The study marks the first time fidelity has been observed in any crocodilian species. “In this study, by combining molecular techniques with field studies, we were able to figure something out about a species that we never would have known otherwise,” said Lance. “Hopefully future studies will also lead to some unexpected and equally fascinating results.”

Results of the study were published in the October 7 issue of Molecular Ecology.


What is Conservation Photography?

You can tell when someone puts their heart into something. And young conservation photographer Hunter Nichols is one of those people. The camera is but a tool to help save a place that he loves, Alabama’s Cahaba River, an ecosystem falling apart under the stress of increasing urbanization.

more about “What is Conservation Photography?“, posted with vodpod

Conservation photography goes beyond iconic beauty shots of nature, connecting us with these places and their struggles for survival. Nichols not only takes us through a dream-scape river echoing with a cacophony of birds and wildlife, but shows us the active clear-cutting, new neighborhoods and environmental consequences of rapid urban sprawl. As Nichols says in his video, “we never miss something we never knew, but we suffer from what we’ve lost.”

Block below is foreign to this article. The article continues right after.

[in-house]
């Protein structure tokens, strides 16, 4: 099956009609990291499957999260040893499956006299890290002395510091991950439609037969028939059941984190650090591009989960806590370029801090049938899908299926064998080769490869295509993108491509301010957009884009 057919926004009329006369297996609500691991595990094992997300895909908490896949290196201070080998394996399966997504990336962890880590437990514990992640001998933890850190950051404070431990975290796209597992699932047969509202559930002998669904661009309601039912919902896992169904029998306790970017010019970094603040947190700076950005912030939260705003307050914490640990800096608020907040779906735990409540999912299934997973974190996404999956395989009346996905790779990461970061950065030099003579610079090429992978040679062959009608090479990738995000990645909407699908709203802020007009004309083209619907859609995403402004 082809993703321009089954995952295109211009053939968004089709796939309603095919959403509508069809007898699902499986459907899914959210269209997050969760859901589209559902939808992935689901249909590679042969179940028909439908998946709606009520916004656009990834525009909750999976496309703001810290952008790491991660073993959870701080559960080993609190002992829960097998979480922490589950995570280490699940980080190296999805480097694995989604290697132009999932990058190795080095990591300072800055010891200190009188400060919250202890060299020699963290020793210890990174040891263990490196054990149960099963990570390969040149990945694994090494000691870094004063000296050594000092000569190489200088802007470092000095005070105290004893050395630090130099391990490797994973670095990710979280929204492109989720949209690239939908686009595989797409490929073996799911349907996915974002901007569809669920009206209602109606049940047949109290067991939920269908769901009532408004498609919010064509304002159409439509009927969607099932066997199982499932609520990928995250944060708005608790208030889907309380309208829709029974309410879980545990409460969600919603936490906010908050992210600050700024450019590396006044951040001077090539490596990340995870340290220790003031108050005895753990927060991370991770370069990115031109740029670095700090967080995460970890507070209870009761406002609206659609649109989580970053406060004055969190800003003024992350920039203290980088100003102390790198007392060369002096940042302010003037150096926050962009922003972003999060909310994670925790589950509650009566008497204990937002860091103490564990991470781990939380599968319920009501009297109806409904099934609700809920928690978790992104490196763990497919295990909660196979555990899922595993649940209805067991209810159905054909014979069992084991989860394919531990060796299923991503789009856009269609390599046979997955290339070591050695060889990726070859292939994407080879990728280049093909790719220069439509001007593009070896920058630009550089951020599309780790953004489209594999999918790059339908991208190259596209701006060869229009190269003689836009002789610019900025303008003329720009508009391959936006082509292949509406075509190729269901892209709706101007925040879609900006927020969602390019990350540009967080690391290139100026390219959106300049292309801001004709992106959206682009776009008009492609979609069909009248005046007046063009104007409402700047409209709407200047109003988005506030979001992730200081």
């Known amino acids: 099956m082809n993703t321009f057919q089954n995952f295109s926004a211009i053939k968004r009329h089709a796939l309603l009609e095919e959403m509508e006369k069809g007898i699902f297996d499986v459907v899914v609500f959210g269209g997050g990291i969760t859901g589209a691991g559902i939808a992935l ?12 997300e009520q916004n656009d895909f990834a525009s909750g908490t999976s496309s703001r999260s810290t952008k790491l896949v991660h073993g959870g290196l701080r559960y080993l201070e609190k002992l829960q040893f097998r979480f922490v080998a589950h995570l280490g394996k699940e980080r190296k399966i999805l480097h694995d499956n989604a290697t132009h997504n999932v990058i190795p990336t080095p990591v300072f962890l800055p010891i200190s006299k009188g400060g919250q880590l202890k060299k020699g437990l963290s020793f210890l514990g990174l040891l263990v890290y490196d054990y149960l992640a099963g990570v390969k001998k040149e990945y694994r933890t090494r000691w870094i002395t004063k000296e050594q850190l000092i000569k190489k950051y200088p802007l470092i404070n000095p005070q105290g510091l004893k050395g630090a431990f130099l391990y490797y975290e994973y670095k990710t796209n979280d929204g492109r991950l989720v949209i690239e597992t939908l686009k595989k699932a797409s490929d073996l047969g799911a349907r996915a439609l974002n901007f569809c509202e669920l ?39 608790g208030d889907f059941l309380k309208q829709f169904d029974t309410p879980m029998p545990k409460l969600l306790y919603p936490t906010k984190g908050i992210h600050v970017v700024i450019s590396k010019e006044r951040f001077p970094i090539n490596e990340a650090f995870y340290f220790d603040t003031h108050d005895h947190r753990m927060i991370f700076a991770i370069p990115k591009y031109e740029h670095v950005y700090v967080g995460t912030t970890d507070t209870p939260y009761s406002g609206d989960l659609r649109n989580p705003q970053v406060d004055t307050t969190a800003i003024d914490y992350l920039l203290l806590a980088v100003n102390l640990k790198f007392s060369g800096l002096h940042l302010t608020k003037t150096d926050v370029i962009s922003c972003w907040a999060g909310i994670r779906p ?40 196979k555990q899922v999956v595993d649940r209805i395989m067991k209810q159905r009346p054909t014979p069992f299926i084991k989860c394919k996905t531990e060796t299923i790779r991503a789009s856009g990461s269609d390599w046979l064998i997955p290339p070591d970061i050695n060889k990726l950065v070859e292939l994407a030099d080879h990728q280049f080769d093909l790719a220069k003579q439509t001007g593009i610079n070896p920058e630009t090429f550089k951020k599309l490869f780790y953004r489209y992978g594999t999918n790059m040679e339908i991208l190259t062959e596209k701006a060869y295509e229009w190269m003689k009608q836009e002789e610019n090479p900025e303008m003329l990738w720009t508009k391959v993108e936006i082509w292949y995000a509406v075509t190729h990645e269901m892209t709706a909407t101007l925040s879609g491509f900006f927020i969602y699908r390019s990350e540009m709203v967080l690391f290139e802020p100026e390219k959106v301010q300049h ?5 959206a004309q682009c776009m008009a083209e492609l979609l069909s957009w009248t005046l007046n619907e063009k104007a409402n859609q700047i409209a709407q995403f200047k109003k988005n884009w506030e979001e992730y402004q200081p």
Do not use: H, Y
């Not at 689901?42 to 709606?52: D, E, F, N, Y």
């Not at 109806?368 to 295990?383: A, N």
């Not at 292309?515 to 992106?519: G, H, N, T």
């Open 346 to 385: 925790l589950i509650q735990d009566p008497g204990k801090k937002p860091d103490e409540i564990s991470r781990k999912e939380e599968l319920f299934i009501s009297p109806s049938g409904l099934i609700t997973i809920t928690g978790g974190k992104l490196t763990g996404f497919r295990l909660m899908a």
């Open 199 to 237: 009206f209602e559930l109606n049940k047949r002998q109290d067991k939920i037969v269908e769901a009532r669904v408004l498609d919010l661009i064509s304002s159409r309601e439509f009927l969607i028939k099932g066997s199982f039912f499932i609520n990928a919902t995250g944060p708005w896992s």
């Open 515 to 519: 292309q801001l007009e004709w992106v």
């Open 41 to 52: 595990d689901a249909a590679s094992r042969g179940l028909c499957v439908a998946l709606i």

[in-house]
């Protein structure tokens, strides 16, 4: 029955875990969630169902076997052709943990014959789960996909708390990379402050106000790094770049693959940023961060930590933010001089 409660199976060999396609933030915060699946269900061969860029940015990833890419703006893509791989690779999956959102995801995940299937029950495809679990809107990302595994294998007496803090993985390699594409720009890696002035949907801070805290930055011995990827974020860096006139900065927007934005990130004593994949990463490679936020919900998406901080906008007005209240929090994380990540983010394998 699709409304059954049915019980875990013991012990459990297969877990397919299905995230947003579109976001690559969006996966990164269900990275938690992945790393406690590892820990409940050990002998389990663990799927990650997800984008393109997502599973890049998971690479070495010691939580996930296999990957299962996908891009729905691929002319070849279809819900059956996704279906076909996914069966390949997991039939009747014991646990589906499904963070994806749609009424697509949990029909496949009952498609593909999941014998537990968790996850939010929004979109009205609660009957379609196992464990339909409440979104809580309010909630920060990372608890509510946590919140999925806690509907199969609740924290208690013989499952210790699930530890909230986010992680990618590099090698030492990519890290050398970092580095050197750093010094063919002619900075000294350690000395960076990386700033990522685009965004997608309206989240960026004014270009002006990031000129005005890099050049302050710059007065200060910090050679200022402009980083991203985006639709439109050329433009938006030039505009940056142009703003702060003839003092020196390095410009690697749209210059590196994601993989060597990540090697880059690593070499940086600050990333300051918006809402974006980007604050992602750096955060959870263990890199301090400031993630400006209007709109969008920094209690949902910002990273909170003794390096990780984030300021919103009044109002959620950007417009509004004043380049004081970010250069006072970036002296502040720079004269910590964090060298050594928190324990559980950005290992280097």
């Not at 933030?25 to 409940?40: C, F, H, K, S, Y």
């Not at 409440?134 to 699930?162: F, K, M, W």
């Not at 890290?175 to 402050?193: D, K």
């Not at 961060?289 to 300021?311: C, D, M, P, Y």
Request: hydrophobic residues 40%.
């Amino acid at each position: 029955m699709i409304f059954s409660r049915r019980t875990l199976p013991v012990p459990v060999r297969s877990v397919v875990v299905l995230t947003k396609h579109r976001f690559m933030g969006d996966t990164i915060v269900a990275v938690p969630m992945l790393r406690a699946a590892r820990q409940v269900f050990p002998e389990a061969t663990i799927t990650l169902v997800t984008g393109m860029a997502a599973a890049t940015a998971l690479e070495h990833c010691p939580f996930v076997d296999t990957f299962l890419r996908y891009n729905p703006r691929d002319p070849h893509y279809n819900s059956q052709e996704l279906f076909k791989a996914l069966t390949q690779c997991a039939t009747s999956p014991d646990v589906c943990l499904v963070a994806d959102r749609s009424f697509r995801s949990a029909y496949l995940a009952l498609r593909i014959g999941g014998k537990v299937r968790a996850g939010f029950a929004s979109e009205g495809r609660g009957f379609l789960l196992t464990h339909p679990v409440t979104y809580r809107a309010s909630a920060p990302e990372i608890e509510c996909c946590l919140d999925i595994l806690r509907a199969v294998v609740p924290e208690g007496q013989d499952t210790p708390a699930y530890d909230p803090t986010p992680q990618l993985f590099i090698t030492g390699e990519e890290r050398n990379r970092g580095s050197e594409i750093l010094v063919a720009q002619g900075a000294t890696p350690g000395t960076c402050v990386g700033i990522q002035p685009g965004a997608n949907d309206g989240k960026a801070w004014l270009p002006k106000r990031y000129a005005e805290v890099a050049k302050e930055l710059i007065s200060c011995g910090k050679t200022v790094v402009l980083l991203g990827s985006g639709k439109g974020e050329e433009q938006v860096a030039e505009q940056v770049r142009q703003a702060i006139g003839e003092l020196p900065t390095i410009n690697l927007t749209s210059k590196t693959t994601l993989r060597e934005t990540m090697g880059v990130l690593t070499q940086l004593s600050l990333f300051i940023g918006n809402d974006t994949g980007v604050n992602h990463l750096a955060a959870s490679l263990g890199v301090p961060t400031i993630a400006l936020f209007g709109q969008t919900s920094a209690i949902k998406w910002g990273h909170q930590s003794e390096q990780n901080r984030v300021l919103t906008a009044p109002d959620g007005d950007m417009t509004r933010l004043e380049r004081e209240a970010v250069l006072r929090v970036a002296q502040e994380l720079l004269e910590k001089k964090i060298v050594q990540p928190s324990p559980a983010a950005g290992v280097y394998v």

Then again because of people like Nichols, we not only learn of the unknown places, but just might get to one-day experience them for ourselves. Watch this short video to see what Hunter is trying to protect, and learn a little something about conservation photography.


You can view more of Nichols’s work at hunternichols.tripod.com.


Photo Tour: Autumn at Sawhill Ponds

more about “Photo Tour: Autumn at Sawhill Ponds“, posted with vodpod